Communication between technical disciplines in the oil and gas industry is always a challenge. Different definitions, varied nomenclature, diverse cultures and backgrounds all make for challenges when working in the multidisciplinary world of petroleum extraction. This paper is an abridged version of the November 2016 Keynote Luncheon Presentation entitled “Integrating Data – How Geophysicists and Engineers Can Work Together to Improve Hydraulic Fracturing” and focuses on the basic reasons for hydraulic fracturing and what the engineers’ goals generally are when developing a hydraulic fracturing treatment design. Opportunities for potential areas of data integration between the engineering and geophysical world are provided, and the paper concludes with some questions that might help to spur better communication between these two disciplines.
According to the Merriam-Webster dictionary, “communication” is defined as “the act or process of using words, sounds, signs, or behaviors to express or exchange information or to express your ideas, thoughts, feelings, etc., to someone else”. One of the biggest concerns with multidisciplinary integration in the oil and gas industry is basic communication. How do different disciplines look at techniques or applications? How do they approach them? What’s important to each person involved?
When discussing how geophysicists and engineers can work together to improve hydraulic fracturing, it is probably best to start with a discussion of how engineers look at hydraulic fracturing. Hydraulic fracturing is known as a stimulation technique. In essence, it allows the well to produce more than it ever could have under natural, non-damaged conditions. By definition, stimulation means that a well exhibits a negative skin factor, S. If damaged, the skin factor will be a positive value. These impacts can be seen when placed into Darcy’s radial flow equation, Eq. 1, where a positive skin factor drives down the flow rate, Q.
Q = flow rate
k = permeability
h = height
Pi = initial reservoir pressure
Pwf = well pressure
B = formation volume factor
μ = viscosity
re/rw = ratio of drainage radius to wellbore radius
S = skin factor
Another way to look at a hydraulic fracturing treatment is that a negative skin factor makes the wellbore radius, rw, “look” bigger to the reservoir, thus creating a larger exposed surface area and therefore increased flow rate. This impact can be observed in Eq. 2, where rwa is the “effective wellbore diameter”.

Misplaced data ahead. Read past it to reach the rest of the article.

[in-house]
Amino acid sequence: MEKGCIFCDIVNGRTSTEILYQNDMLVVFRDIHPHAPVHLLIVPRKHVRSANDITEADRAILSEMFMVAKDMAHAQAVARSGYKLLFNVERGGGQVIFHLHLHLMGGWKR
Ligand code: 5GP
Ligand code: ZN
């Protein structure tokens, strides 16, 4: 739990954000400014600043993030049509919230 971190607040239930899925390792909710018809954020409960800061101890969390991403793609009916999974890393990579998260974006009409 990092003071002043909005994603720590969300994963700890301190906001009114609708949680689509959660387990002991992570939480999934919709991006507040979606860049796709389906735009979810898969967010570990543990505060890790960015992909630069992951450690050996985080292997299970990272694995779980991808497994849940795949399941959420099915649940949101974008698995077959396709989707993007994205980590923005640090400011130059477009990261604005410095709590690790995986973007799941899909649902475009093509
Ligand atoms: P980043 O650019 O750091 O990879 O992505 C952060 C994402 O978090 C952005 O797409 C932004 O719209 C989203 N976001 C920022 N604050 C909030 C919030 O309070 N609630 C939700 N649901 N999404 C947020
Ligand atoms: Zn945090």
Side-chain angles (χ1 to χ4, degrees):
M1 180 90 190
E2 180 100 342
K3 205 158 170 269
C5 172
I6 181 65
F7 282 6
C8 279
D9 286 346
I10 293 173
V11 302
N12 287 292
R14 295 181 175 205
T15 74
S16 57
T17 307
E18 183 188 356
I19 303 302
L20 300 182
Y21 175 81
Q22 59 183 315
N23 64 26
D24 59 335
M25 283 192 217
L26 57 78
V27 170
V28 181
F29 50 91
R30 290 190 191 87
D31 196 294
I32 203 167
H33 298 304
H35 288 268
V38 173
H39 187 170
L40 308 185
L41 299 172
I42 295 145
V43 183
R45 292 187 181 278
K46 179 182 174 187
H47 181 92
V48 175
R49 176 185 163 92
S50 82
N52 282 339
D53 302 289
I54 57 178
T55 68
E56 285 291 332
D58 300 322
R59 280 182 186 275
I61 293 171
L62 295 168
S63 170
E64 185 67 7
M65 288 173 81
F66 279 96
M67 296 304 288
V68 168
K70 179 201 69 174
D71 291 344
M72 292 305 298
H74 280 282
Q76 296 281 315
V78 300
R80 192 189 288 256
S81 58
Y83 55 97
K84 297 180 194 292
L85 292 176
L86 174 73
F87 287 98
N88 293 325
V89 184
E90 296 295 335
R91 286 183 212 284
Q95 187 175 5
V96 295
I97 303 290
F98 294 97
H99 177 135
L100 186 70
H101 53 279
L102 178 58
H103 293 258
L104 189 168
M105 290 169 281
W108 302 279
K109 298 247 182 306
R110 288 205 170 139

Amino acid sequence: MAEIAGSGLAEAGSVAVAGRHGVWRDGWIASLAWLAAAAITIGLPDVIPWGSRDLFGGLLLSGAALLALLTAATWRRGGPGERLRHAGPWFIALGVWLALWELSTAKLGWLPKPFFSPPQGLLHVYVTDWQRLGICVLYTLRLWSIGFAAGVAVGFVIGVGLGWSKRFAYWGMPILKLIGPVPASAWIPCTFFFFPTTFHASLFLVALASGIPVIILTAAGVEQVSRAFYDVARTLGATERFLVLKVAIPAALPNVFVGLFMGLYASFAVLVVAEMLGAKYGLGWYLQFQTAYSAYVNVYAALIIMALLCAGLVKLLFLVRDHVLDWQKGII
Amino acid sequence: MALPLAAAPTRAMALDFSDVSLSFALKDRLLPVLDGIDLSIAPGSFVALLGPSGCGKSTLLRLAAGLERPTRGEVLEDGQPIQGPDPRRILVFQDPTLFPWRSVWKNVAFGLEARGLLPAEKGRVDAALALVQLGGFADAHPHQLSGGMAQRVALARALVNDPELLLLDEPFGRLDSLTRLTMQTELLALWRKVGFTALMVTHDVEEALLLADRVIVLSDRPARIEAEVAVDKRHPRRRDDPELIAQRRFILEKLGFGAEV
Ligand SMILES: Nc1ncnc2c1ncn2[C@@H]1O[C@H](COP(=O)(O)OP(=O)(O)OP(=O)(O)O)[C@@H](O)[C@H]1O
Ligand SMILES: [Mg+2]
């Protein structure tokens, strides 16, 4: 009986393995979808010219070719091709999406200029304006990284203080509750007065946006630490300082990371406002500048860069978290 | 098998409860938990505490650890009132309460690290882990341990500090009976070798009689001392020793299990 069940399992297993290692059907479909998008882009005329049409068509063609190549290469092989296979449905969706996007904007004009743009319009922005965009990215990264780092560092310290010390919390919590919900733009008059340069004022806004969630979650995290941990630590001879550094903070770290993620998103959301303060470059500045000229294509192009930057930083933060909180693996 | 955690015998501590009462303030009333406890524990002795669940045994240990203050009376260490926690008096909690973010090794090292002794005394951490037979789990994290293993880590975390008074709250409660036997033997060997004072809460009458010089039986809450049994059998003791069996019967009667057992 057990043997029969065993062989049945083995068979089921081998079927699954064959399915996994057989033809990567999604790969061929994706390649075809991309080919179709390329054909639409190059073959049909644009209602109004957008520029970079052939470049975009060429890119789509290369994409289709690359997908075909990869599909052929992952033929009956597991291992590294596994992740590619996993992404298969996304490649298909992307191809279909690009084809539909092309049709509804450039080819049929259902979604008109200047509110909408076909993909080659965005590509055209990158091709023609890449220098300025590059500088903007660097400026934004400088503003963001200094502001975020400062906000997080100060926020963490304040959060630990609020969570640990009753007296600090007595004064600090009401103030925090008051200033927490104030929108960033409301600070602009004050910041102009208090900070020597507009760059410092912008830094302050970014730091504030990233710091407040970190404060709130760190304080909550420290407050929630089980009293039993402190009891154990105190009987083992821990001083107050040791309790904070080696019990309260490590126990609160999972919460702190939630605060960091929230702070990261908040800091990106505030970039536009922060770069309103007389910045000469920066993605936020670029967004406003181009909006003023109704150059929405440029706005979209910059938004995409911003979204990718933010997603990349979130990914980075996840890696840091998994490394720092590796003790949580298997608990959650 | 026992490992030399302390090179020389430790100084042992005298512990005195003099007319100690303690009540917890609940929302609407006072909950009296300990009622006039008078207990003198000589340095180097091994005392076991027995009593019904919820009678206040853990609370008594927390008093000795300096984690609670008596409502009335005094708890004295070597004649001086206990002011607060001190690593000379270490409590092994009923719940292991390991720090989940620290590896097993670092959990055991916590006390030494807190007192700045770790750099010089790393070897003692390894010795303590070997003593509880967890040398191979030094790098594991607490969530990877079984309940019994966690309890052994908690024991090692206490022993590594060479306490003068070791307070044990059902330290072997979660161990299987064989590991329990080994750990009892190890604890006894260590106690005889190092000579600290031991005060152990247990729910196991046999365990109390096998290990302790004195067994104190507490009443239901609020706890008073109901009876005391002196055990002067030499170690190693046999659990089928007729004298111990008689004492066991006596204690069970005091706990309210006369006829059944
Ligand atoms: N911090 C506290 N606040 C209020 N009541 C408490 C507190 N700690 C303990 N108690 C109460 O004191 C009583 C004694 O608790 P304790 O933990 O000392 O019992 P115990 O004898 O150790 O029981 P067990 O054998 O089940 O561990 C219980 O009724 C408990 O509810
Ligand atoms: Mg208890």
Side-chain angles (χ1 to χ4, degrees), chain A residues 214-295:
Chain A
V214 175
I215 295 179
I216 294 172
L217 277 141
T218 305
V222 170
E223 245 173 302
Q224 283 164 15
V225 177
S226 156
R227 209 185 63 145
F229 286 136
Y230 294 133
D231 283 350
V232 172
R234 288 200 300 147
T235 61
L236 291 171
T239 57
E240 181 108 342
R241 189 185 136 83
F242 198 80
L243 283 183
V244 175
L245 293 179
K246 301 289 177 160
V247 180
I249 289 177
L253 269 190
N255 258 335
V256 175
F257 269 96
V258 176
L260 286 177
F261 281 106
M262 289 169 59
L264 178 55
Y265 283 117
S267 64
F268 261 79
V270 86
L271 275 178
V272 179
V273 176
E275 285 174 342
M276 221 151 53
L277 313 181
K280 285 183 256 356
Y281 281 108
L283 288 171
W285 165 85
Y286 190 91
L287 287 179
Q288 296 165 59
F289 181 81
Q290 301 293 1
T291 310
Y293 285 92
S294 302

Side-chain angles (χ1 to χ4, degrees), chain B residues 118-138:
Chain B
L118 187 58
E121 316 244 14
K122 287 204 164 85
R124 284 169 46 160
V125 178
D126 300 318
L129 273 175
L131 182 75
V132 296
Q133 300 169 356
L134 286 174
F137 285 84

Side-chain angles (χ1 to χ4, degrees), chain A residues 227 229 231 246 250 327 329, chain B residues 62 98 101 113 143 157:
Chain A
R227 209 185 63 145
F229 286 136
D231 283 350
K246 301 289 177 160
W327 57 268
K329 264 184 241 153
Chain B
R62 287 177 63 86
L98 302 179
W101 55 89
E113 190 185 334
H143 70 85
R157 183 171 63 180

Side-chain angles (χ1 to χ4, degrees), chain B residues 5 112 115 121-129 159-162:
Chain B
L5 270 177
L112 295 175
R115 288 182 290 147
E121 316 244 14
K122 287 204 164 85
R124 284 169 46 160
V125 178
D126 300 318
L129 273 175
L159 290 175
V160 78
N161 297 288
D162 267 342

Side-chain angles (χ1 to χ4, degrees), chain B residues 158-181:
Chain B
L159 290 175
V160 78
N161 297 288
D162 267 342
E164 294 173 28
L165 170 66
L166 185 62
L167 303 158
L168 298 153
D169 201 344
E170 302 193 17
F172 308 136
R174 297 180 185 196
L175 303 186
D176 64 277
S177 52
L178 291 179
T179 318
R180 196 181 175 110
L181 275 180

This effective wellbore diameter leads to a discussion of “effective length”. A hydraulic fracture’s length is a point of constant discussion, however, a major communication issue can be just which “length” is being discussed – there are actually four. The length of the fracture contributing to production, as described in Eq. 2, is the “effective length”. This is the most important of the three, since it is what contributes directly to enhanced production and reserve recovery. The other three are as follow: “microseismic length” is a measure of the distance from a wellbore at which microseismic events are detected; “hydraulic” or “pressurized length” is the distance to which pressure is transmitted from the treated wellbore during pumping; and “propped length” is the distance to which proppant is transmitted out into the reservoir. Although the latter two have an impact on the ultimate effective length, there is no direct link or percentage calculation. The resultant effective length is greatly impacted by such things as multi-phase flow, reservoir permeability and pressure, well spacing, and treatment design. Figure 1 demonstrates these various definitions of length.
Coupled closely to effective length is fracture conductivity, which is defined as the permeability of the fracture multiplied times the width of the fracture. Adequate fracture conductivity given a reservoir’s producing capacity helps to establish the maximum effective length for a certain well-reservoir system. These concepts apply to all reservoir systems, however, the focus of this article will be on unconventional reservoirs with horizontal wells that are treated with multistage hydraulic fracturing treatments.
Goals of Hydraulic Fracturing
When designing a hydraulic fracturing treatment, there are usually several goals that are attempted to be accomplished. The importance or ranking of these goals will vary depending on the specific objectives of the company or engineer that is designing the treatment. Along these same lines, the data that is needed to improve or aid the design (and the associated cost to acquire them) is also a function of the overall treatment goals.
In general, maximizing the effective fracture length is a major objective for most treatments. Quite simply, the longer the effective fracture length, the larger the drainage area for that well, and the fewer wells needed for a given area. Coupled with the effective length is the desire to achieve adequate fracture conductivity for the available reservoir deliverability. Minimizing the potential damage through gel damage, crushing, filter cake build-up, etc. to the established conductivity is also desired. As with the damage to the fracture conductivity, minimization of damage to the formation itself should be pursued.
In multistage treatments, such as those pumped in most horizontal shale wells, maximizing the number of zones producing and draining everything that is connected to the well should be a focus. It is frequently reported that the number of contributing stages is well below the number actually pumped in many horizontal wells (<50%), which is obviously a large waste of resources under such circumstances. Also, when considering the number of stages and other variables for a given well, the importance of acceleration or addition of reserves needs to be understood. Both can be achieved but are not directly related. (Barree et al. 2015). Pursuit of acceleration, without adding reserves, can destroy economic value.
Finally, it might be obvious, but still needs to be stated, minimization of treatment costs is always a desire. However, costs need to be considered under the other goal conditions, and perhaps maximizing net present value is a better way to consider these systems. Overall, it is impossible to maximize all of the goals, therefore, the engineer must focus on what is most important to them and their management and design accordingly.